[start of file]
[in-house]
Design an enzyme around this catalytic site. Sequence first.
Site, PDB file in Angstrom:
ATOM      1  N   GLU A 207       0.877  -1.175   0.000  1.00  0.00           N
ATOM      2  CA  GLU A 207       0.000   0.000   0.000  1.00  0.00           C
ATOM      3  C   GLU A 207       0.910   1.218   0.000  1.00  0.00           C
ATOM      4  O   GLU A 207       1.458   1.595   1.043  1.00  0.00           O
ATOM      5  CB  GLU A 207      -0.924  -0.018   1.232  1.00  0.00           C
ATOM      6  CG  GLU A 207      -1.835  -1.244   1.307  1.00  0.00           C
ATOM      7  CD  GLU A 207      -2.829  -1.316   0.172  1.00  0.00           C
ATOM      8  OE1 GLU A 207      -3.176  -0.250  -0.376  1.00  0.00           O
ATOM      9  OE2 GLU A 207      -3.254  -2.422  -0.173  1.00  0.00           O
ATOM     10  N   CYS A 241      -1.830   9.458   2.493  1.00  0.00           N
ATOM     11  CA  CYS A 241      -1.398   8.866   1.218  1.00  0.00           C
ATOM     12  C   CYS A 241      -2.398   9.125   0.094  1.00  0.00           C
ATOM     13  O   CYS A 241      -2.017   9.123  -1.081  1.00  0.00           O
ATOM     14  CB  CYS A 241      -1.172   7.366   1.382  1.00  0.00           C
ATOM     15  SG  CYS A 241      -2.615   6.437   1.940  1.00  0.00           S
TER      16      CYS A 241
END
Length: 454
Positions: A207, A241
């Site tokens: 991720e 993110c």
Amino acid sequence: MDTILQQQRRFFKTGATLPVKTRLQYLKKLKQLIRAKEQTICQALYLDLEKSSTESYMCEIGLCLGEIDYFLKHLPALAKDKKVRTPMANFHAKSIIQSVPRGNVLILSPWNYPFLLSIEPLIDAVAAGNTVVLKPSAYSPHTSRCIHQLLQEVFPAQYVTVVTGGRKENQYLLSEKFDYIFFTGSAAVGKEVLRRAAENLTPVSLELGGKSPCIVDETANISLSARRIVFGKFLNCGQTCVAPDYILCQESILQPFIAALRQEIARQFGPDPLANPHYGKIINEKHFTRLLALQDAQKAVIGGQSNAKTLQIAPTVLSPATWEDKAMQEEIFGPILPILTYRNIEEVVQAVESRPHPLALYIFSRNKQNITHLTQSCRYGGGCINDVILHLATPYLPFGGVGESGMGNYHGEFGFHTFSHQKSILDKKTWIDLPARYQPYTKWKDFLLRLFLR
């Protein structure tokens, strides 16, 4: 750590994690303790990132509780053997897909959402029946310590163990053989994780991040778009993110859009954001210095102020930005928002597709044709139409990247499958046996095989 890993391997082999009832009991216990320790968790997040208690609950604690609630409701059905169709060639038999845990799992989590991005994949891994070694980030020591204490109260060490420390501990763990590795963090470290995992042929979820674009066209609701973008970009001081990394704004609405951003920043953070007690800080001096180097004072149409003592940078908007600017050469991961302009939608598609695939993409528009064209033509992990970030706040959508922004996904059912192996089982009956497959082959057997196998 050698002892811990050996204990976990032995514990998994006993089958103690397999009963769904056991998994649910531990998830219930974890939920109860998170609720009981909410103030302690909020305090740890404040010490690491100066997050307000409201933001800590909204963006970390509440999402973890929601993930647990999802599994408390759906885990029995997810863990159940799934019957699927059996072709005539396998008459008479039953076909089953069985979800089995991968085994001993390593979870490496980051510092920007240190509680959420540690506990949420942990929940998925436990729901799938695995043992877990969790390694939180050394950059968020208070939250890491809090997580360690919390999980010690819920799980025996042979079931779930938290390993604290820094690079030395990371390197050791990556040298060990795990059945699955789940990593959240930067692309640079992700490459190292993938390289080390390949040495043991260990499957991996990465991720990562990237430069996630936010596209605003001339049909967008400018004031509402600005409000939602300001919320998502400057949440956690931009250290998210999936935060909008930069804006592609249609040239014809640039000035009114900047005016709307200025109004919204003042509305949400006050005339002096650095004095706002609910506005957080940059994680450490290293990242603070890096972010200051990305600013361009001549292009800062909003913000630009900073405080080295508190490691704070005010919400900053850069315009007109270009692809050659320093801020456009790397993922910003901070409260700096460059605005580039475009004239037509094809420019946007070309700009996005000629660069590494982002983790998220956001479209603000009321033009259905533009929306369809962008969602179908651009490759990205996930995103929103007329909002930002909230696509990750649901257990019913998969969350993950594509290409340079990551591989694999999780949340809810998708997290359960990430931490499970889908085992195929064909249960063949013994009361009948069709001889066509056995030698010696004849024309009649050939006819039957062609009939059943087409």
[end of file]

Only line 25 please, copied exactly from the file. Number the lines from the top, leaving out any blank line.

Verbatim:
């Protein structure tokens, strides 16, 4: 750590994690303790990132509780053997897909959402029946310590163990053989994780991040778009993110859009954001210095102020930005928002597709044709139409990247499958046996095989 890993391997082999009832009991216990320790968790997040208690609950604690609630409701059905169709060639038999845990799992989590991005994949891994070694980030020591204490109260060490420390501990763990590795963090470290995992042929979820674009066209609701973008970009001081990394704004609405951003920043953070007690800080001096180097004072149409003592940078908007600017050469991961302009939608598609695939993409528009064209033509992990970030706040959508922004996904059912192996089982009956497959082959057997196998 050698002892811990050996204990976990032995514990998994006993089958103690397999009963769904056991998994649910531990998830219930974890939920109860998170609720009981909410103030302690909020305090740890404040010490690491100066997050307000409201933001800590909204963006970390509440999402973890929601993930647990999802599994408390759906885990029995997810863990159940799934019957699927059996072709005539396998008459008479039953076909089953069985979800089995991968085994001993390593979870490496980051510092920007240190509680959420540690506990949420942990929940998925436990729901799938695995043992877990969790390694939180050394950059968020208070939250890491809090997580360690919390999980010690819920799980025996042979079931779930938290390993604290820094690079030395990371390197050791990556040298060990795990059945699955789940990593959240930067692309640079992700490459190292993938390289080390390949040495043991260990499957991996990465991720990562990237430069996630936010596209605003001339049909967008400018004031509402600005409000939602300001919320998502400057949440956690931009250290998210999936935060909008930069804006592609249609040239014809640039000035009114900047005016709307200025109004919204003042509305949400006050005339002096650095004095706002609910506005957080940059994680450490290293990242603070890096972010200051990305600013361009001549292009800062909003913000630009900073405080080295508190490691704070005010919400900053850069315009007109270009692809050659320093801020456009790397993922910003901070409260700096460059605005580039475009004239037509094809420019946007070309700009996005000629660069590494982002983790998220956001479209603000009321033009259905533009929306369809962008969602179908651009490759990205996930995103929103007329909002930002909230696509990750649901257990019913998969969350993950594509290409340079990551591989694999999780949340809810998708997290359960990430931490499970889908085992195929064909249960063949013994009361009948069709001889066509056995030698010696004849024309009649050939006819039957062609009939059943087409």